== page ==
The formal definition of error in common‐law litigation is specific and narrow: error occurs when an institutional actor, usually a court, violates a procedural rule. This focus on process rather than outcome is a central element of the American adversarial system's commitment to procedural justice. Our system is based on the belief that justice is best served by using established procedures to decide every dispute, not by trying to achieve the best result in each individual case.
This focus on procedure means the law can be harsh. The bank is entitled to foreclose on the poor widow and her orphans; even an unintended and improbable death turns an assault into manslaughter; and so forth. There's nothing novel in the notion that the law must be uniformly applied even if it sometimes produces unfortunate results. Non‐lawyers may not always like these results, but they understand the purpose of adherence to general rules and accept it: ‘It's The Law’. That's not what concerns us here. This essay focuses on a different aspect of American proceduralism: not the rules that regulate conduct in the world at large, but those used in court, after the fact, to determine what happened in some contested event. The official ideology of the American legal system is that the procedure used to decide facts is more important than the accuracy of the decision—that a verdict may be absolutely correct legally even if it is absolutely wrong factually. This procedural focus is at odds with common intuitions about the goals of law, inconsistent with the actual conduct of courts, and in conflict with the general professional wisdom on what legal error really means in practice.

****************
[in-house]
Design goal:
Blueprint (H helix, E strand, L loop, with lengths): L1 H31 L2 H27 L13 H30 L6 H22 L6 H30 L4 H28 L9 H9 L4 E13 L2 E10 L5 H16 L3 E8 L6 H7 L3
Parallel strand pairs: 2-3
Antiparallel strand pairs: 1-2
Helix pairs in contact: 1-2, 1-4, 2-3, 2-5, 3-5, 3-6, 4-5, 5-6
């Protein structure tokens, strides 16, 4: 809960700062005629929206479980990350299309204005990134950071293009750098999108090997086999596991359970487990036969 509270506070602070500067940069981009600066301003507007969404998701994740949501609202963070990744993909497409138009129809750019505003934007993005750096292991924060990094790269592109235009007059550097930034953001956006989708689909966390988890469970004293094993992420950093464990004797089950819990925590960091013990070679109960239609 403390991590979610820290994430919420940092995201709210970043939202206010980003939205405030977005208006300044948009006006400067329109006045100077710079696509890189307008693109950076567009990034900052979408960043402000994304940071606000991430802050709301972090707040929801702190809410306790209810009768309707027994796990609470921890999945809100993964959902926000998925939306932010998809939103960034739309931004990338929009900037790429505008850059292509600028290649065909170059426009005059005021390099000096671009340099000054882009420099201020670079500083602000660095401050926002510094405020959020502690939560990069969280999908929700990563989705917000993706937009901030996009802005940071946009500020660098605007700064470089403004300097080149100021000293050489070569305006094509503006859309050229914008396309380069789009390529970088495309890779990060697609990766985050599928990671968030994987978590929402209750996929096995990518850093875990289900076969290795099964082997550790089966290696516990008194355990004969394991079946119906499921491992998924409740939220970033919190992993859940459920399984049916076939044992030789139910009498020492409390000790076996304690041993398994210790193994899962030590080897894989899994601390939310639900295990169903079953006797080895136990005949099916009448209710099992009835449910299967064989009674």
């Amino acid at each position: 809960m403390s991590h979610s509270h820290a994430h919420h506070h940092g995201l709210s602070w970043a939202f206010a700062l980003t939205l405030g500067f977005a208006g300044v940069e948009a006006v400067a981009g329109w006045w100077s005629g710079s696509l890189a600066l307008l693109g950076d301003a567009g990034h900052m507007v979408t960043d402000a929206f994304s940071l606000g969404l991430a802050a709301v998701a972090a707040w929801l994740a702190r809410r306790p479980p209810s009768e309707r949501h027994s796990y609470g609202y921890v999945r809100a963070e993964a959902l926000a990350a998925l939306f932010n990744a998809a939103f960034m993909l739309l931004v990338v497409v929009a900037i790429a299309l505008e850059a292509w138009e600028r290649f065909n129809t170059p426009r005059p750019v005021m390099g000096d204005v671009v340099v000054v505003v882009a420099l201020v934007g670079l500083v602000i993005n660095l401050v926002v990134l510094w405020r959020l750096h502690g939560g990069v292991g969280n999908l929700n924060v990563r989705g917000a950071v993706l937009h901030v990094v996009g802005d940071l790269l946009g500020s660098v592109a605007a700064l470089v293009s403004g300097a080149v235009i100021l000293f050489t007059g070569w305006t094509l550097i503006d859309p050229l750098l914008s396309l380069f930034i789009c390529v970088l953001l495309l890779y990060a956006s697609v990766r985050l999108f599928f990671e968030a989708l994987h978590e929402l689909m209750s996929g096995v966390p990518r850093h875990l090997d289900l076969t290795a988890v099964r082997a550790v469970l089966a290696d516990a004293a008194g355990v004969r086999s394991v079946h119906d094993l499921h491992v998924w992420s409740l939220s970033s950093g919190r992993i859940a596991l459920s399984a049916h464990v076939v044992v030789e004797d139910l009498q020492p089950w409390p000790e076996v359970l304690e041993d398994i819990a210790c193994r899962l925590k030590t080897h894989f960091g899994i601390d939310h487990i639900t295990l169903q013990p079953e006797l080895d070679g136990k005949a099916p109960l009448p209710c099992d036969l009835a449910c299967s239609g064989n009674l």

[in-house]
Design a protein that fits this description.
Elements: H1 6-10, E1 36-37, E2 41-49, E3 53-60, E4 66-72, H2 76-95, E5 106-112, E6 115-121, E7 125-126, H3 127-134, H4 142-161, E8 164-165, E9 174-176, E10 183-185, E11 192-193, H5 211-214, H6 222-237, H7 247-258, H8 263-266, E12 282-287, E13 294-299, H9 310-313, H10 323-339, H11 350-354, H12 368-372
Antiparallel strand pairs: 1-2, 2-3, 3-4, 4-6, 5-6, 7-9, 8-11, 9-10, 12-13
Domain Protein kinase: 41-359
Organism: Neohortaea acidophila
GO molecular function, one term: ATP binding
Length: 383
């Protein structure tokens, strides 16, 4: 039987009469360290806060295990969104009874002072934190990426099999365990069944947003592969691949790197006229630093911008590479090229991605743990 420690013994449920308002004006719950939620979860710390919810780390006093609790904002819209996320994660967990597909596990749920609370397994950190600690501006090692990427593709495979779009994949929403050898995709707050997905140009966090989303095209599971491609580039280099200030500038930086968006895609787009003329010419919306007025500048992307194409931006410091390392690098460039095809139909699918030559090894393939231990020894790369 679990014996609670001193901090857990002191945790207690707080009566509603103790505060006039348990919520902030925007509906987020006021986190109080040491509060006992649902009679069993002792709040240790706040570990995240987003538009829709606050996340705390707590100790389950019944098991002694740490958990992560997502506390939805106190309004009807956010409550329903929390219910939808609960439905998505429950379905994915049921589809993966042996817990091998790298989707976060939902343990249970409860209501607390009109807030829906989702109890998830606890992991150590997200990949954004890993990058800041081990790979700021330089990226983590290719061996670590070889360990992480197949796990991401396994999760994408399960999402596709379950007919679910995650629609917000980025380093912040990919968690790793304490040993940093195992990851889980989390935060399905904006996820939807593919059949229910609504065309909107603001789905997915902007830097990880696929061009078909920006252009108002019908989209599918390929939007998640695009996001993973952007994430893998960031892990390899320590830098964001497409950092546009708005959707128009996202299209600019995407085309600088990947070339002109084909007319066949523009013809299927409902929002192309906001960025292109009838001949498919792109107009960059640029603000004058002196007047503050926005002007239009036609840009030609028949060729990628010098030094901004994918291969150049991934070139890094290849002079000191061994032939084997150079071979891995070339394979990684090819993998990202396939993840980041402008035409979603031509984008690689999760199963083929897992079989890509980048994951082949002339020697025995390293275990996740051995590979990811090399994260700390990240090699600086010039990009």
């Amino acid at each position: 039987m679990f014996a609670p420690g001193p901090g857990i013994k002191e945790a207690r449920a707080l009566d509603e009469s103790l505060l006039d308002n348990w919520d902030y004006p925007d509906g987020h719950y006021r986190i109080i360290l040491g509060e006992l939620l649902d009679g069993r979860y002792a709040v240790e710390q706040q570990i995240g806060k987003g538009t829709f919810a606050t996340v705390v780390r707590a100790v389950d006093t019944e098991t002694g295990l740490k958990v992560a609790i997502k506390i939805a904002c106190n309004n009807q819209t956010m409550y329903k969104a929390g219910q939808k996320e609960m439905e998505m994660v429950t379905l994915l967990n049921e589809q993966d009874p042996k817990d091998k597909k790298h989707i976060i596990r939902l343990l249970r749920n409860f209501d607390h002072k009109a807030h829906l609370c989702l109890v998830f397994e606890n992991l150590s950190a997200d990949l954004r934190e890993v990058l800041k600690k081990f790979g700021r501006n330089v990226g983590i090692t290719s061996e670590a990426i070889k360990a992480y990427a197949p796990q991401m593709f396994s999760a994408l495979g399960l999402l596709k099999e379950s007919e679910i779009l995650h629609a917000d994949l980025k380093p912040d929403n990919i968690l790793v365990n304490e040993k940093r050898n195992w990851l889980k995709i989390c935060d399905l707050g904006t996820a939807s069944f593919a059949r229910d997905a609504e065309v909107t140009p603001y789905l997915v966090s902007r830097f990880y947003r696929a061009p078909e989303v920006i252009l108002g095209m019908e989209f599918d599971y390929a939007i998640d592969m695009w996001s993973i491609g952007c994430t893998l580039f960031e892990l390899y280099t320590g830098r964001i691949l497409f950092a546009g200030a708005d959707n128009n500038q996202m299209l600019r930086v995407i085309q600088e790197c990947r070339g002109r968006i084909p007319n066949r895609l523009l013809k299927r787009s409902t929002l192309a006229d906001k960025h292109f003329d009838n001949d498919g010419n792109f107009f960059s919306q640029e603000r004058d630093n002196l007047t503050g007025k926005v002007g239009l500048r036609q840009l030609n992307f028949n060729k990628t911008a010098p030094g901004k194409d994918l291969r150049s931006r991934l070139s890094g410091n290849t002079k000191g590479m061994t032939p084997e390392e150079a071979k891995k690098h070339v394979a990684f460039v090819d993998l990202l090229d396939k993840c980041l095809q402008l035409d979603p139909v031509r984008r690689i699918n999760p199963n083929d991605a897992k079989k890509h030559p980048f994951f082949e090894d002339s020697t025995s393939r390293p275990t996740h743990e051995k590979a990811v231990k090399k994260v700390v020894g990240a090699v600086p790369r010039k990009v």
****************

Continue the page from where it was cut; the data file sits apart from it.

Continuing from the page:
This brief essay focuses on review for error in mid‐level American courts of appeal, courts whose primary mission is to resolve particular disputes rather than decide issues of general law. We begin with the official account of American appellate practice and briefly describe the system in its own terms. Next we sketch an alternative method of review for error, a simplified and idealized version of the procedure in continental civil‐law systems. We then qualify our initial description of review in American courts: reality, of course, does not entirely correspond to the procedural ideal; in practice courts often do care about factual accuracy and material justice, even if they don't admit it. We follow with a comment on our lack of originality: our cynical description of appellate review is so well known it's nearly official dogma. We conclude with some speculations on the structural and cultural significance of our legal system's ambivalence, if not hypocrisy, about the importance of factual accuracy in review for error.